Airbus MSN 5463, an A320-214 with Sharklets, that first took to the skies on the 15th of January, 2013, was delivered to Go Air (India) on 30th January, 2013, making the airline the second Indian airline to operate a “Sharklet"-equipped Airbus A320. The induction of VT-GOL makes it the 14th aircraft in the fleet, in addition to two A320s that were leased for the winter, from Orbest Orizonia Airlines.
Go Air, like Indigo, leases back airplanes that it sells. VT-GOL, the sharklet equipped A320, is financed by ACG (Aviation Capital Group) under a sale and leaseback arrangement, and is the 14th of 20 airplanes ordered by Go Air in 2006. In addition, Go Air placed an order for 72 A320NEO airplanes in 2011.
According to Airbus, “Due to the very strong customer demand for Sharklets, all Airbus’ single-aisle final assembly lines (FALs) will be engaged in building A320 Family aircraft with Sharklets. These FALs are located in Toulouse (France), Hamburg (Germany) and Tianjin (China) and will soon be followed by an additional A320 FAL in Mobile (Alabama, USA)."
VT-WAE is the oldest airplane in the fleet, delivered in the October of 2007. If Go Air ‘s lease agreement is for 6 years, VT-WAE is slated to leave the fleet this year.
Indigo just became India’s first airline to operate a sharklet-equipped A320, with its VT-IFH registered Airbus A320 that it took delivery of, on 28th January, 2013. VT-IFH bears manufacturer serial number (MSN) 5437, and first took to the skies on the 15th of January, 2013, and herald a new chapter for Indigo with an operationally more economical airplane, that has the potential of saving the airline in excess of US$400,000 per year, per aircraft.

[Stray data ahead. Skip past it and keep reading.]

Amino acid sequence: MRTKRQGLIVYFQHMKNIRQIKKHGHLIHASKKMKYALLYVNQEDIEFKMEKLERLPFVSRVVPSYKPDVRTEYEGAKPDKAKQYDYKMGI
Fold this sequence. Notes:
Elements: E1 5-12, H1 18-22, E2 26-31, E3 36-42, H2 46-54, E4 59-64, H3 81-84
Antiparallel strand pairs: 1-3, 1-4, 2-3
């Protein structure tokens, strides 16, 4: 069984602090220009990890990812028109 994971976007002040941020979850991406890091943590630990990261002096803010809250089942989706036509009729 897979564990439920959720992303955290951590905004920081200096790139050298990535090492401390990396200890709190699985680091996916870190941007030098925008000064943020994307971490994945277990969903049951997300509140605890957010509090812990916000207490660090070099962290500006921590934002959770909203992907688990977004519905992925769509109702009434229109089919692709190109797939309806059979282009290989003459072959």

All future A320 aircraft to be delivered to IndiGo shall be fitted with the Sharklet wing tip devices.
This aircraft will be the 75th A320 that the airline has taken delivery of. Of the 75, 14 no longer fly for Indigo. Indigo sells every aircraft that it takes deliver of, leasing the airplane back from the lessor. The lease period is typically for six years: sufficient time for Indigo to make the most of a new airplane’s reliability and performance, while avoiding an expensive “D” check. Those that flew for Indigo, for the first six years of their life, now fly for Ethiad, SAS, BH Air, Myanmar Airways International, Kibris Turk Hava Yollari Charters, and Turkish Airlines.